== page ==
Background: There is consistent evidence showing an interplay between psychological processes and immune function in health and disease processes. Objectives: The present systematic review and meta-analysis aims to provide a concise overview of the effectiveness of stress-reducing psychological interventions on the activation of immune responses in both healthy subjects and patients. Methods: Included are 3 types of challenges: in vivo, in vitro, and psychophysiological. Such challenges are designed to mimic naturally occurring immune-related threats. Results: A systematic literature search was conducted using PubMed, EMBASE, and PsychInfo, resulting in 75 eligible studies. The risk of bias was assessed with the Cochrane risk-of-bias tool. Across all studies, a small-to-medium effect size was found for the effects of psychological interventions on optimization of the immune function (g = 0.33; 95% CI 0.22–0.43). While the largest effects were found for in vivo immune-related challenges (g = 0.61; 95% CI 0.34–0.88; especially on studies that incorporated skin tests and wound healing), studies incorporating psychophysiological challenges and in vitro immune-related stimulations similarly suggest more optimal immune responses among those receiving stress-reducing interventions (g = 0.28; 95% CI 0.15–0.42). Conclusion: These findings showed substantial heterogeneity depending on the type of challenge, the study populations, and the intervention types. These data demonstrate support for the effectiveness of stress-reducing psychological interventions in improving immunity in studies that tested immune function by means of incorporating an in vivo, in vitro, or psychophysiological challenge. Future research should more consistently incorporate challenges into the study design to gather more insights in the mechanisms underlying the optimized immune function following a psychological intervention. This is also relevant for clinical practice, as psychological interventions can possibly supplement, or at least partially replace, current drug treatments in various somatic conditions to reduce side effects.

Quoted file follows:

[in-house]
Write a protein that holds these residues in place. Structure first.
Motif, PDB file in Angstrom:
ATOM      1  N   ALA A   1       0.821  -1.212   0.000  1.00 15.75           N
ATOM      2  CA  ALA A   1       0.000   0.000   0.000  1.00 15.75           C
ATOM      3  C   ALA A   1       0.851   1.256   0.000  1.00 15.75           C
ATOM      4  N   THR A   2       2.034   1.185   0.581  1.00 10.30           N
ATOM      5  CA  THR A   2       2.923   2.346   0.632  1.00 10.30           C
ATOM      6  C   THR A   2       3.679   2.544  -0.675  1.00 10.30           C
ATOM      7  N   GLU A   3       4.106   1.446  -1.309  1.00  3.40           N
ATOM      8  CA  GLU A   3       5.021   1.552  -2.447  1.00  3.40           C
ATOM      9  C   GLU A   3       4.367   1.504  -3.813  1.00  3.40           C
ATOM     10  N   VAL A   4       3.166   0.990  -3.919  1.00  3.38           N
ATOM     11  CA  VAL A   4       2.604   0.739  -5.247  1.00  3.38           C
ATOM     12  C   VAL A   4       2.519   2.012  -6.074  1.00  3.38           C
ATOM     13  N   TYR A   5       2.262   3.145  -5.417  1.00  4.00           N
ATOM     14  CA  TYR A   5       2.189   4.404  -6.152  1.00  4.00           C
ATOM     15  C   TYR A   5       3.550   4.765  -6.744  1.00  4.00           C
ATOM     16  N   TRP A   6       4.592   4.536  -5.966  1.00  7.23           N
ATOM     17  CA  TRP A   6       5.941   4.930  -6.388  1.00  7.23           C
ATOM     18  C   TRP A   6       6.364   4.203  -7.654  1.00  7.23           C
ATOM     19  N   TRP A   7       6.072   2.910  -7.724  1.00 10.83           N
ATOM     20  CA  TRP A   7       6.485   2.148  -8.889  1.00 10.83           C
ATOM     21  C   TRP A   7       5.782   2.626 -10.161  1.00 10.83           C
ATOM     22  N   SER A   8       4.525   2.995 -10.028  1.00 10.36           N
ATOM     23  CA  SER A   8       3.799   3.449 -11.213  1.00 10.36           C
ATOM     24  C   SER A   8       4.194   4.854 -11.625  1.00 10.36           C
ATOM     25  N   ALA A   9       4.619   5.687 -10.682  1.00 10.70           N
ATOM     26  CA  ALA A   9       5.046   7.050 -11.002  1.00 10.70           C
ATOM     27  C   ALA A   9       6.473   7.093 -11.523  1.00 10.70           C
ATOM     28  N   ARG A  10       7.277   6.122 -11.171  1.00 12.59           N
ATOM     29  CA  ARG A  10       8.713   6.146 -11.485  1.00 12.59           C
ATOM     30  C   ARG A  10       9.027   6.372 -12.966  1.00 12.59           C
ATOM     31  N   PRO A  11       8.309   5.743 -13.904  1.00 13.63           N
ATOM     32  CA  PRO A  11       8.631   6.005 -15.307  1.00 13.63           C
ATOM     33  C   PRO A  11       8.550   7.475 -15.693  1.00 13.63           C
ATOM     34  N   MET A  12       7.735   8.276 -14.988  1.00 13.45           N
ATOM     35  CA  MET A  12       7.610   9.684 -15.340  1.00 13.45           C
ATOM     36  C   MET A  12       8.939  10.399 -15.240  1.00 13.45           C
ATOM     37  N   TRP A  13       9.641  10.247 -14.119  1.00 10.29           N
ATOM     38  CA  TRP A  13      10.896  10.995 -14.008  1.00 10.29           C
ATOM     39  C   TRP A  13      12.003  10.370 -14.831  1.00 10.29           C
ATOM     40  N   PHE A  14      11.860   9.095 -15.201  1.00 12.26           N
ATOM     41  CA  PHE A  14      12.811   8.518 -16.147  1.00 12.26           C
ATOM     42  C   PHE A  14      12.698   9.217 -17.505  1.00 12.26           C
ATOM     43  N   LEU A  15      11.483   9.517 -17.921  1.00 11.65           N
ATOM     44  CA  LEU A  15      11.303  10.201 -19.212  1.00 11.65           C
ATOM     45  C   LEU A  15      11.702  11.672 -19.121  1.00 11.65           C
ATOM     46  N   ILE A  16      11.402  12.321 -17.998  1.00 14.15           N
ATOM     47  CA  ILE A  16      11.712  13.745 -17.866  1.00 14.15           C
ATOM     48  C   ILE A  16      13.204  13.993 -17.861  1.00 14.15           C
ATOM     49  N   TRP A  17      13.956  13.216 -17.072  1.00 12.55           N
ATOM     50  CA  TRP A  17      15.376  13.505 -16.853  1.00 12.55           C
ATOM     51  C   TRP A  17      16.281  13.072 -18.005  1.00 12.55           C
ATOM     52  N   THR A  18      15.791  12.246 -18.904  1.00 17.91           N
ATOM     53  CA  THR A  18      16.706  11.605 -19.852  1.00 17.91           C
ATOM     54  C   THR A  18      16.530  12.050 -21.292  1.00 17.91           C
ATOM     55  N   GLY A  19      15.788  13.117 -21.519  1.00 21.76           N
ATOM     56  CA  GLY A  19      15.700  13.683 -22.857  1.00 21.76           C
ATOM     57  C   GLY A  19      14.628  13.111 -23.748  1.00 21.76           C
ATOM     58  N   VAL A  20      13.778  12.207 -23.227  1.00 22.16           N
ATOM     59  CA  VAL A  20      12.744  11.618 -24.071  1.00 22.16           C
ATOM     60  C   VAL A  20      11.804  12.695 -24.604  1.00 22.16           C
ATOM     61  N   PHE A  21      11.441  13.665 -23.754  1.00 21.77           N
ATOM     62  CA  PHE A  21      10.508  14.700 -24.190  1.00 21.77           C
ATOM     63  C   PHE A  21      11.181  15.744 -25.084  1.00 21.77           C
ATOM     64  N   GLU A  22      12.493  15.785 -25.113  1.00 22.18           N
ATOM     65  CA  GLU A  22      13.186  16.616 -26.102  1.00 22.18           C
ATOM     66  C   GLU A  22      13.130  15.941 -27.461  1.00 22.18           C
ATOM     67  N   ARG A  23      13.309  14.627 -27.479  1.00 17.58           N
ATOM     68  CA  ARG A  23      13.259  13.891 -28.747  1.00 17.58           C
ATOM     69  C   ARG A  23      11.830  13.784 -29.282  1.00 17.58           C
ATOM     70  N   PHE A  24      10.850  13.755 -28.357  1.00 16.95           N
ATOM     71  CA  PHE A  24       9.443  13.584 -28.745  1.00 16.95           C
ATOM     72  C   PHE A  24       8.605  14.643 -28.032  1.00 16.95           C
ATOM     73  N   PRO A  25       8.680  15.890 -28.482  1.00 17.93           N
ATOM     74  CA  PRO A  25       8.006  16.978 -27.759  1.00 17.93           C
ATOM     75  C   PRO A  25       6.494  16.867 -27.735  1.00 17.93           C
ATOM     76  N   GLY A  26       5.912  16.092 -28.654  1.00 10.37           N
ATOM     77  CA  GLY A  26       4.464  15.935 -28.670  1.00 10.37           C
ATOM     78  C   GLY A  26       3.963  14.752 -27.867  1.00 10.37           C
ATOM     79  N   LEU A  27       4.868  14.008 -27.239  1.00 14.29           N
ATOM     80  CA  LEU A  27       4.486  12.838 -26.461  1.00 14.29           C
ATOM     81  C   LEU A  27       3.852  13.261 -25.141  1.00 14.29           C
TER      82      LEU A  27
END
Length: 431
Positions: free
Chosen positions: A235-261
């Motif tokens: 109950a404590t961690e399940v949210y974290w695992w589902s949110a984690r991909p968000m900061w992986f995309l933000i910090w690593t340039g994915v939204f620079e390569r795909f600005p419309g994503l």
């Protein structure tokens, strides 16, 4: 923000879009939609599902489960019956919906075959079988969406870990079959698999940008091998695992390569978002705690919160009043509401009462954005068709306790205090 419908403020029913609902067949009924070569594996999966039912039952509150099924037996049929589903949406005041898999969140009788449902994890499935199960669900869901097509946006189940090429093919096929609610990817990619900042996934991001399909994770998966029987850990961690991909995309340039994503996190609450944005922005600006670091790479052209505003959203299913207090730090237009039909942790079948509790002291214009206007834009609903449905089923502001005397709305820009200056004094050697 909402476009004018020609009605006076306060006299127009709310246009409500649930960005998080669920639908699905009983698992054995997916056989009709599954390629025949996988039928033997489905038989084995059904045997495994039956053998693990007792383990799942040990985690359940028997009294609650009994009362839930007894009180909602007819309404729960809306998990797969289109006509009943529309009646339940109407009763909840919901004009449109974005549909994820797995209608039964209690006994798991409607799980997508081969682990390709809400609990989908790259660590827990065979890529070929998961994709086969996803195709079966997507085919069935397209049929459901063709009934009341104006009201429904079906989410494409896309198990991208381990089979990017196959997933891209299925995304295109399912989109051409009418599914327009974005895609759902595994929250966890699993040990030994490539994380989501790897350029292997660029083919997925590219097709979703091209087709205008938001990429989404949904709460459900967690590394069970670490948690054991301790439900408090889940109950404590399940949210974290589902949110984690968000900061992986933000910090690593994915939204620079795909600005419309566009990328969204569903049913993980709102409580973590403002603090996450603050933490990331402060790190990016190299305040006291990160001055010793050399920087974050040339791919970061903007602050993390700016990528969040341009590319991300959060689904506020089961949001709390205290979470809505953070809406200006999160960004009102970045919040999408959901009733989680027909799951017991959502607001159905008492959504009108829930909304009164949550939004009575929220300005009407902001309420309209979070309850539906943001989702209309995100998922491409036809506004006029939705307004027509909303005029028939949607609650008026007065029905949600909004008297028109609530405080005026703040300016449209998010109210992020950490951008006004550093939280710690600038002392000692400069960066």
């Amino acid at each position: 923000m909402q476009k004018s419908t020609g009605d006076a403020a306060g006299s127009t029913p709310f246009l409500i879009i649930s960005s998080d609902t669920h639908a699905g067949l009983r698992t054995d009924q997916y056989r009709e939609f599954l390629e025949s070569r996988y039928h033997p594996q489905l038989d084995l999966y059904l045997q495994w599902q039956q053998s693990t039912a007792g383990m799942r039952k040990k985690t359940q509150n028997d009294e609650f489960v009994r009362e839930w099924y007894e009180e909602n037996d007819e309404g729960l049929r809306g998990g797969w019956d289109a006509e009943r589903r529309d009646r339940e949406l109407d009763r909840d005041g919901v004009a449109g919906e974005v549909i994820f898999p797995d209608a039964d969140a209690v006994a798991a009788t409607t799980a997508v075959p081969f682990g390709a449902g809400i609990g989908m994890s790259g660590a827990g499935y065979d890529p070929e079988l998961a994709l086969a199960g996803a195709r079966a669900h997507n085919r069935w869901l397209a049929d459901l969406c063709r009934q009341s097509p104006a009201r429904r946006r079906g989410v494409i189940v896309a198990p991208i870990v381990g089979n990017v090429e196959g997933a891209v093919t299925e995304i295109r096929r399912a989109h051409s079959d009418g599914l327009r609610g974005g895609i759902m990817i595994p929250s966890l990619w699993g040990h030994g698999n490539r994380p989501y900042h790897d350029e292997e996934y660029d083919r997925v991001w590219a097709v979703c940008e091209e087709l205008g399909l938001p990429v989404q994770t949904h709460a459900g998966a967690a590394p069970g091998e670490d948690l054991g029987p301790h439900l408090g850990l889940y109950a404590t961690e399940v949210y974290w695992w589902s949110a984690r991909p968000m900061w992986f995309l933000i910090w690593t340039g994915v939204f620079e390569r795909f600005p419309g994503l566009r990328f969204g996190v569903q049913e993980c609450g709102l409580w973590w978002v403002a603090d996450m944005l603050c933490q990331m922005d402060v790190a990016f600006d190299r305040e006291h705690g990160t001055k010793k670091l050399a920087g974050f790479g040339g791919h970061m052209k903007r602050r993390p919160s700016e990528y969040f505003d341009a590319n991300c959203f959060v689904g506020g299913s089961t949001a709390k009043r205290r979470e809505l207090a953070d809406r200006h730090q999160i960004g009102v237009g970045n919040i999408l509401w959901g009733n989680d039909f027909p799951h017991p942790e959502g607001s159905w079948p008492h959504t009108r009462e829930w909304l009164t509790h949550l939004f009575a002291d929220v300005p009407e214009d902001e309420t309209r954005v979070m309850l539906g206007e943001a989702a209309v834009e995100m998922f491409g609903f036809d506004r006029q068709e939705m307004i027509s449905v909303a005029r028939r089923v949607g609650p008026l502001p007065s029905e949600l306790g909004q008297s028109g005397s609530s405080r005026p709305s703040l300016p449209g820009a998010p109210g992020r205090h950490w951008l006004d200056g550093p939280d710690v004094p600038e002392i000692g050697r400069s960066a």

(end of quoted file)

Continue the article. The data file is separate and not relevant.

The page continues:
Psychosocial features can influence clinical outcomes [1-3]. More specifically, stressful events can influence the functioning of the immune system [4-6]. Several systematic reviews and meta-analyses have overall shown that particularly chronic stress suppresses protective immune responses and promotes pathological immune responses, including inflammatory responses [7-12]. Moreover, stress-related disorders, including anxiety and depression, also turned out to be associated with affective-related deficits through immune alterations . These immune alterations can be expressed as slower wound healing [8, 9], impaired responses to vaccines , and progression of infectious and immune-mediated diseases [7, 14, 15].